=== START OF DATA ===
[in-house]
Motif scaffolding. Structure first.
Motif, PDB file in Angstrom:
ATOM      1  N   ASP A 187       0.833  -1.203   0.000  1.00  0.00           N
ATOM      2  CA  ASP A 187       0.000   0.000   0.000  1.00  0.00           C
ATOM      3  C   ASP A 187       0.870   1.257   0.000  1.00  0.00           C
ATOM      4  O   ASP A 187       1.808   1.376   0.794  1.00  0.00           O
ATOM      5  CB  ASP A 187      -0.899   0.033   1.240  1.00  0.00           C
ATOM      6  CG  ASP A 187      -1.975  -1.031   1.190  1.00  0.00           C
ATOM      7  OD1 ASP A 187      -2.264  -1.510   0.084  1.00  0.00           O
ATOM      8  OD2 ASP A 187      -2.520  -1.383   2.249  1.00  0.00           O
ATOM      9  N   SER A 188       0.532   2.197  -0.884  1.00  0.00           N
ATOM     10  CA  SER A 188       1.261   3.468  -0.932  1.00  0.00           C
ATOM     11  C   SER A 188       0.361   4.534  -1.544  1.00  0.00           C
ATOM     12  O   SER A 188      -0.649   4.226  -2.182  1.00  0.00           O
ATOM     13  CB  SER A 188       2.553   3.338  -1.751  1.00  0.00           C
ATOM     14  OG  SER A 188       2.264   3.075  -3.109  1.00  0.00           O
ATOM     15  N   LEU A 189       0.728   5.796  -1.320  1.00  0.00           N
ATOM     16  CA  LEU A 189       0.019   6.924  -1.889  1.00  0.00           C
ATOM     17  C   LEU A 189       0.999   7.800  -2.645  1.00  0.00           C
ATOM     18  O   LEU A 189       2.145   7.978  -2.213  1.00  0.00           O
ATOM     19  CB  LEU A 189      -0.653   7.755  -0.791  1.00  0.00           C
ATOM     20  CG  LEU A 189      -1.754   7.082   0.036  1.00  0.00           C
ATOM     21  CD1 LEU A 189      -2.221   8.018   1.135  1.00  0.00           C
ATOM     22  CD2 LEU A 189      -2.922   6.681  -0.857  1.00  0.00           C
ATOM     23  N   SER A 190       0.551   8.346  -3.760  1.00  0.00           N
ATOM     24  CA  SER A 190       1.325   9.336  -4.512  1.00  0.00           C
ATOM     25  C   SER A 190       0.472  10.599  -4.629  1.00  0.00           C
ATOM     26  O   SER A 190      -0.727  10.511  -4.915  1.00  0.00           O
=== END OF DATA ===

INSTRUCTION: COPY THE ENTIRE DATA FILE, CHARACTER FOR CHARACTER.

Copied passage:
[in-house]
Motif scaffolding. Structure first.
Motif, PDB file in Angstrom:
ATOM      1  N   ASP A 187       0.833  -1.203   0.000  1.00  0.00           N
ATOM      2  CA  ASP A 187       0.000   0.000   0.000  1.00  0.00           C
ATOM      3  C   ASP A 187       0.870   1.257   0.000  1.00  0.00           C
ATOM      4  O   ASP A 187       1.808   1.376   0.794  1.00  0.00           O
ATOM      5  CB  ASP A 187      -0.899   0.033   1.240  1.00  0.00           C
ATOM      6  CG  ASP A 187      -1.975  -1.031   1.190  1.00  0.00           C
ATOM      7  OD1 ASP A 187      -2.264  -1.510   0.084  1.00  0.00           O
ATOM      8  OD2 ASP A 187      -2.520  -1.383   2.249  1.00  0.00           O
ATOM      9  N   SER A 188       0.532   2.197  -0.884  1.00  0.00           N
ATOM     10  CA  SER A 188       1.261   3.468  -0.932  1.00  0.00           C
ATOM     11  C   SER A 188       0.361   4.534  -1.544  1.00  0.00           C
ATOM     12  O   SER A 188      -0.649   4.226  -2.182  1.00  0.00           O
ATOM     13  CB  SER A 188       2.553   3.338  -1.751  1.00  0.00           C
ATOM     14  OG  SER A 188       2.264   3.075  -3.109  1.00  0.00           O
ATOM     15  N   LEU A 189       0.728   5.796  -1.320  1.00  0.00           N
ATOM     16  CA  LEU A 189       0.019   6.924  -1.889  1.00  0.00           C
ATOM     17  C   LEU A 189       0.999   7.800  -2.645  1.00  0.00           C
ATOM     18  O   LEU A 189       2.145   7.978  -2.213  1.00  0.00           O
ATOM     19  CB  LEU A 189      -0.653   7.755  -0.791  1.00  0.00           C
ATOM     20  CG  LEU A 189      -1.754   7.082   0.036  1.00  0.00           C
ATOM     21  CD1 LEU A 189      -2.221   8.018   1.135  1.00  0.00           C
ATOM     22  CD2 LEU A 189      -2.922   6.681  -0.857  1.00  0.00           C
ATOM     23  N   SER A 190       0.551   8.346  -3.760  1.00  0.00           N
ATOM     24  CA  SER A 190       1.325   9.336  -4.512  1.00  0.00           C
ATOM     25  C   SER A 190       0.472  10.599  -4.629  1.00  0.00           C
ATOM     26  O   SER A 190      -0.727  10.511  -4.915  1.00  0.00           O